Your shared segment would look something like this:

[shared]
comment = Shared Directory
path = /Users/Shared
read only = no
browseable = yes
create mode = 755
username = joeshmoe

Only after entering this line was I able to log in to a Mac from a Win98 machine on my network.



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Authenticating to Windows 2000 and XP networks
Authored by: abs24 on Sep 05, '03 10:46:37AM

I was able to login to a wins 98 machine as long as it had the same username and password as the Mac, but did not have to add that line to the smb.conf file. If you add the line, does the wins 98 machine need to have the same username and password as the Mac?



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Authenticating to Windows 2000 and XP networks
Authored by: abs24 on Sep 04, '03 03:55:02PM

What do you mean by domain name? Where would I find this if it is different than the workgroup name?



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Authenticating to Windows 2000 and XP networks
Authored by: domger on Sep 04, '03 05:38:53PM

domain and workgroup are almost the same... In fact, a PC can be member of a workgroup (just a have to set the same workgroup on every PC, no WinNT or W2k server required) or you can have a server which control a domain and all other PC logs on that domain (kind of server oriented workgroup)...

In a domain, you can manage user on the server, in a workgroup, you need to define users on each PC.



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Could someone else please explain this
Authored by: abs24 on Sep 05, '03 10:40:48AM

Thanks for trying to answer the question above, but I still do not understand. If anyone else could answer this I would be grateful. Again, thanks.



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Could someone else please explain this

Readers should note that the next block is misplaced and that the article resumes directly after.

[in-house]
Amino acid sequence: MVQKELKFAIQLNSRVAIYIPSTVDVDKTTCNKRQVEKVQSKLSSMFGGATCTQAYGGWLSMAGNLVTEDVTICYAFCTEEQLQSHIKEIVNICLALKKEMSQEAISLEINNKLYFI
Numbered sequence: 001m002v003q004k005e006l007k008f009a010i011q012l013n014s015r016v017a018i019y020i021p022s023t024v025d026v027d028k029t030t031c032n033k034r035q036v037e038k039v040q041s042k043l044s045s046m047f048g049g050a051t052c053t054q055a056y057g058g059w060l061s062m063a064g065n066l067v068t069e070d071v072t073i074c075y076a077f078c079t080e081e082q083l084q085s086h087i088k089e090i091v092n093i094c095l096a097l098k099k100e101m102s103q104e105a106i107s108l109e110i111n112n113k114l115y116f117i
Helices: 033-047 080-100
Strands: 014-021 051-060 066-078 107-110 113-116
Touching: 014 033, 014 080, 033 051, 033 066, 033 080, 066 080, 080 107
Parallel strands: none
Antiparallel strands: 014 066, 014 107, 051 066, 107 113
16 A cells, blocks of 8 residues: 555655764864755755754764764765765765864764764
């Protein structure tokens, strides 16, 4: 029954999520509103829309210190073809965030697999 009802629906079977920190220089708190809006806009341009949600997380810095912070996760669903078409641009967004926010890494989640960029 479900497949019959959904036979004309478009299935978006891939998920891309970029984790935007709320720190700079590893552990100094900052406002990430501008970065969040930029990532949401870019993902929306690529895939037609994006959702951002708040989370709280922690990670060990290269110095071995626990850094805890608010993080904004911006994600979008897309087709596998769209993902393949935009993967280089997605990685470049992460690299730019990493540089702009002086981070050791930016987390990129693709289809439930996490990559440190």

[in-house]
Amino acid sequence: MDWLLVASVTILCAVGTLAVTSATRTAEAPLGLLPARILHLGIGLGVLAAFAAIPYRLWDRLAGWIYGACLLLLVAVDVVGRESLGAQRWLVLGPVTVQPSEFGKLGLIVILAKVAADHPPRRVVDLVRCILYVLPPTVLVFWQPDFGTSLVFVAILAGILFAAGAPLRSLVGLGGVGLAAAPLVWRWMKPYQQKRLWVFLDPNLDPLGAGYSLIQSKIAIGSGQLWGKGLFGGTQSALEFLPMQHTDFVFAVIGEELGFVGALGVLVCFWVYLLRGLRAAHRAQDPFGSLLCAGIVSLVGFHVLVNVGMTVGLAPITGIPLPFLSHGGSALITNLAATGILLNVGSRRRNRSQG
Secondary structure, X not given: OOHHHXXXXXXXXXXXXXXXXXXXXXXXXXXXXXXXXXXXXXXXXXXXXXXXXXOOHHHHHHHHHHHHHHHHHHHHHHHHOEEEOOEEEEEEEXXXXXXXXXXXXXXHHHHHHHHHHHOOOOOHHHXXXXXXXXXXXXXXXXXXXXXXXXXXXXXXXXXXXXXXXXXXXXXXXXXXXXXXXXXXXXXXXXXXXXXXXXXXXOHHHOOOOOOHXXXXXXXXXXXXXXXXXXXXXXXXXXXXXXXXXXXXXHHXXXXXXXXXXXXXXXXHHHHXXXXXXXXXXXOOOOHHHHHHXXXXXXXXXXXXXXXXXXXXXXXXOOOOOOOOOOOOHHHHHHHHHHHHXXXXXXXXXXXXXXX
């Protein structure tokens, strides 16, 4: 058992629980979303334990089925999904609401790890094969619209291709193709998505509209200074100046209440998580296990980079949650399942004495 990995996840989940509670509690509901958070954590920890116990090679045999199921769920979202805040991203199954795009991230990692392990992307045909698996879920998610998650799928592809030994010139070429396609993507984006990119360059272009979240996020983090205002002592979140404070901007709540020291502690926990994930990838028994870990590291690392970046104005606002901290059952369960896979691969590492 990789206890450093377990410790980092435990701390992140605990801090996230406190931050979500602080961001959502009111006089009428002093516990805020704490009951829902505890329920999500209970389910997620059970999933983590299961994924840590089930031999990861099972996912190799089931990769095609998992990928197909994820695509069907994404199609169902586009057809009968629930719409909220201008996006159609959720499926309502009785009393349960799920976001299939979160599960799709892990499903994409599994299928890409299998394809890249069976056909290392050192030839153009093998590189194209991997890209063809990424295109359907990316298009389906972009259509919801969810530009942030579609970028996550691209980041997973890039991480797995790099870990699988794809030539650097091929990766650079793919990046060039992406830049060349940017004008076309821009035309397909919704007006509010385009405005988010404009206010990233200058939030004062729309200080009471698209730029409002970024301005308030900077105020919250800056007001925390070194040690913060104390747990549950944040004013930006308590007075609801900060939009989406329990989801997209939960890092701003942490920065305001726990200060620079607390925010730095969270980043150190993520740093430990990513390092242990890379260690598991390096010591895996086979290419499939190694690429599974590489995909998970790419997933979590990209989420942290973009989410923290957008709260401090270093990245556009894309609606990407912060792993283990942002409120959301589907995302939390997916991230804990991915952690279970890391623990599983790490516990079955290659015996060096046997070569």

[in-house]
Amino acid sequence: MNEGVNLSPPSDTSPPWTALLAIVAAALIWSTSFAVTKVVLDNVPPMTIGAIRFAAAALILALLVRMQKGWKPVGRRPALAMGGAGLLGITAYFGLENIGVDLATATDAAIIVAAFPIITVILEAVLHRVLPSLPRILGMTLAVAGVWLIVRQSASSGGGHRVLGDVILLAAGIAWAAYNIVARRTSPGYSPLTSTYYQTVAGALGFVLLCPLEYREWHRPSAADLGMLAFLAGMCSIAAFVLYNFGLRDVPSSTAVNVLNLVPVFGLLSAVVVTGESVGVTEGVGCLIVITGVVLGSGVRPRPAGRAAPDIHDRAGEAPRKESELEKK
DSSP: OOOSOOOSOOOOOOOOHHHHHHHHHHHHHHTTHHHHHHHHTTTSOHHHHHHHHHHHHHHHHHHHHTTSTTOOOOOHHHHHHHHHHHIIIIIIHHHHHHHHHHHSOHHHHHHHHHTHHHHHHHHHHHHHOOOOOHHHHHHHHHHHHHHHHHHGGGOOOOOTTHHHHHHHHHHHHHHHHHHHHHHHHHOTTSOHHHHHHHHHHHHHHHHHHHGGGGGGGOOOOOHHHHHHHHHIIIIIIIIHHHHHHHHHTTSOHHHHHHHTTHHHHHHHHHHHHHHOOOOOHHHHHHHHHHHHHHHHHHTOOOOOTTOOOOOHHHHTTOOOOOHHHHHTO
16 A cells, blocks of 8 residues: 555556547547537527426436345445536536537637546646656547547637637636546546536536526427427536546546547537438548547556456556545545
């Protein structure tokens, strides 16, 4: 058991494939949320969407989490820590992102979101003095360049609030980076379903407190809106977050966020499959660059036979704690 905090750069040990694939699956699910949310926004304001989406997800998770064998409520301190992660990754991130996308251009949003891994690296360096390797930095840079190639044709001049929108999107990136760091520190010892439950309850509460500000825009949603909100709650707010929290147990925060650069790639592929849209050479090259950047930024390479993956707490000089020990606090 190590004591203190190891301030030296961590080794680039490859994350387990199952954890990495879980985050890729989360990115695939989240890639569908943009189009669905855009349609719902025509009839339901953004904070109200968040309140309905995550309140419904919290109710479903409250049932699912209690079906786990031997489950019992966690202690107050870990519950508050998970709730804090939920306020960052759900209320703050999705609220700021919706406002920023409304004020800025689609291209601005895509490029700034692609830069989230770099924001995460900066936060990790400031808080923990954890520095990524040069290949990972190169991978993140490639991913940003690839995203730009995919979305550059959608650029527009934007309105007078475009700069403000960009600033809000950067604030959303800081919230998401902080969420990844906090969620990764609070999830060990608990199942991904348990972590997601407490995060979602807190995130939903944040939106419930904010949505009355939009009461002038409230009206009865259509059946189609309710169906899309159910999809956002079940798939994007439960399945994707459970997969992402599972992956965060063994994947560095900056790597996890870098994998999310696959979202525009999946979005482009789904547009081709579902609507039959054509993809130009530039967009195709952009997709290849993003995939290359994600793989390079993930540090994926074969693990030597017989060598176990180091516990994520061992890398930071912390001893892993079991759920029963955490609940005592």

Authored by: apwin on Sep 05, '03 11:57:29PM

A domain is described on a Win 2K Domain Controller in standardform, eg, foo.company.com. You can also define a short name which can be used by non-Win 2K clients to access the domain's resources, eg, just FOO, and it appears as a workgroup name to non Win 2K cilents.

The upshot of all this in practice is that anyone on the network, whether they are on a Win2K box or not, can just use FOO as a domain name or a workgroup name.

In MacOS X, the SMB service in Directory Access shows WORKGROUP as the default workgroup name. You can just change this to FOO, and the Mac appears in the domain along with all the Windows machines.



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Authenticating to Windows 2000 and XP networks
Authored by: Helge33 on Sep 30, '03 12:10:23PM

I would suspect this is related to different username conventions on XP and OSX which require a translation. I got an extra line in my smb.config:

username map = /etc/pc_users

pc_users is a simple ASCII file with username translations:

<OSX User Name> = <Windows User Name>

So if you got "Joe Smith" as XP Username and jsmith as the OSX Unix account name the line. No "artificial" usernames required on your Mac;-)

jsmith = "Joe Smith"

would identify Joe as a valid user for the OSX samba server

Cheers, Helge



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Authenticating to Windows 2000 and XP networks
Authored by: chrisk2 on Jan 22, '04 10:29:10AM

We are trying to set up an Xserve on a Windows 2000 domain. The problem: We want the Xserve to get the usernames and passwords from the windows domain to authenticate users.
Can anyone help me with this?



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Authenticating to Windows 2000 and XP networks
Authored by: eaprince on May 05, '04 04:00:13PM

I believe you would need to integrate an LDAP server into the network for the Mac to tap into to get login info.

---
--Erik
eaprince@excite.nospam.com